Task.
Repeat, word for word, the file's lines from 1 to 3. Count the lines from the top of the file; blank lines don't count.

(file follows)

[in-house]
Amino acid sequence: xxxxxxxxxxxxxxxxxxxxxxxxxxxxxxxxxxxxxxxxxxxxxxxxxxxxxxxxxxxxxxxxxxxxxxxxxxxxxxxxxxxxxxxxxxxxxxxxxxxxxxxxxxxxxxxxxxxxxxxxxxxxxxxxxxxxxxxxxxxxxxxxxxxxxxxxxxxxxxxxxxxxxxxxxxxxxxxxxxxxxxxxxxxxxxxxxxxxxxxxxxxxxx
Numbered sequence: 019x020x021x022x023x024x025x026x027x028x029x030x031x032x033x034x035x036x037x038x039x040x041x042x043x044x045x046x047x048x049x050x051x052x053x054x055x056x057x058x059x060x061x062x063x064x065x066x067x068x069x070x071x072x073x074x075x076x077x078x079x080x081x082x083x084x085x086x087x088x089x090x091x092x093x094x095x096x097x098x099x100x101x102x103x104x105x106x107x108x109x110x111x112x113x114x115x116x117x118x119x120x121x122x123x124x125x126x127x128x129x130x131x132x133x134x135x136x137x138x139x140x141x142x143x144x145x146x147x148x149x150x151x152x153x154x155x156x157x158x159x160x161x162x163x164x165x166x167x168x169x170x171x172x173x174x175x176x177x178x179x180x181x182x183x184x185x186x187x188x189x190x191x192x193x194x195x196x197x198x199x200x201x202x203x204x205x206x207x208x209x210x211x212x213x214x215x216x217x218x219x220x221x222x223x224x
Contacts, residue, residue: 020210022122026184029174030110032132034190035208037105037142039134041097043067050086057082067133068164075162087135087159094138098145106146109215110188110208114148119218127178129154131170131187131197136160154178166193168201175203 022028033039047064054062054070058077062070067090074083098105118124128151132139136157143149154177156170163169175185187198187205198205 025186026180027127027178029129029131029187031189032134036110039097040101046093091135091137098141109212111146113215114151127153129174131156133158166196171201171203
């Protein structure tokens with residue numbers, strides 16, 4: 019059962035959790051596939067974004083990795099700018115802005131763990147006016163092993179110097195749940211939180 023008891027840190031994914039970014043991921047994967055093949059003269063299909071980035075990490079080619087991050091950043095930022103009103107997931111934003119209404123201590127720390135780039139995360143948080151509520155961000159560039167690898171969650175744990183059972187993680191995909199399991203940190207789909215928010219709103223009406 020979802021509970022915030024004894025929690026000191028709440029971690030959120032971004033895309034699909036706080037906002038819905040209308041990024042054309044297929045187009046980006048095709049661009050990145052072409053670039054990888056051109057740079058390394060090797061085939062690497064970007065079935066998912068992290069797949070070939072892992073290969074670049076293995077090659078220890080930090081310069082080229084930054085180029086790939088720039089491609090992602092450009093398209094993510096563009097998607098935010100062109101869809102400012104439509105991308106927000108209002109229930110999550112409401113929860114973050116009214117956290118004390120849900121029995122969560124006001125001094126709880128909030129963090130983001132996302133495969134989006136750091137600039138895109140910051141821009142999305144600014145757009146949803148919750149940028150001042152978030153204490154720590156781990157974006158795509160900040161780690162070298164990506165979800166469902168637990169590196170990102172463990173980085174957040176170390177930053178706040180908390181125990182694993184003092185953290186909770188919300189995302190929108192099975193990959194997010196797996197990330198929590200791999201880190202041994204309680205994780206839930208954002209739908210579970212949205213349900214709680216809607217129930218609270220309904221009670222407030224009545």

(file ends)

[in-house]
Amino acid sequence: xxxxxxxxxxxxxxxxxxxxxxxxxxxxxxxxxxxxxxxxxxxxxxxxxxxxxxxxxxxxxxxxxxxxxxxxxxxxxxxxxxxxxxxxxxxxxxxxxxxxxxxxxxxxxxxxxxxxxxxxxxxxxxxxxxxxxxxxxxxxxxxxxxxxxxxxxxxxxxxxxxxxxxxxxxxxxxxxxxxxxxxxxxxxxxxxxxxxxxxxxxxxxx
Numbered sequence: 019x020x021x022x023x024x025x026x027x028x029x030x031x032x033x034x035x036x037x038x039x040x041x042x043x044x045x046x047x048x049x050x051x052x053x054x055x056x057x058x059x060x061x062x063x064x065x066x067x068x069x070x071x072x073x074x075x076x077x078x079x080x081x082x083x084x085x086x087x088x089x090x091x092x093x094x095x096x097x098x099x100x101x102x103x104x105x106x107x108x109x110x111x112x113x114x115x116x117x118x119x120x121x122x123x124x125x126x127x128x129x130x131x132x133x134x135x136x137x138x139x140x141x142x143x144x145x146x147x148x149x150x151x152x153x154x155x156x157x158x159x160x161x162x163x164x165x166x167x168x169x170x171x172x173x174x175x176x177x178x179x180x181x182x183x184x185x186x187x188x189x190x191x192x193x194x195x196x197x198x199x200x201x202x203x204x205x206x207x208x209x210x211x212x213x214x215x216x217x218x219x220x221x222x223x224x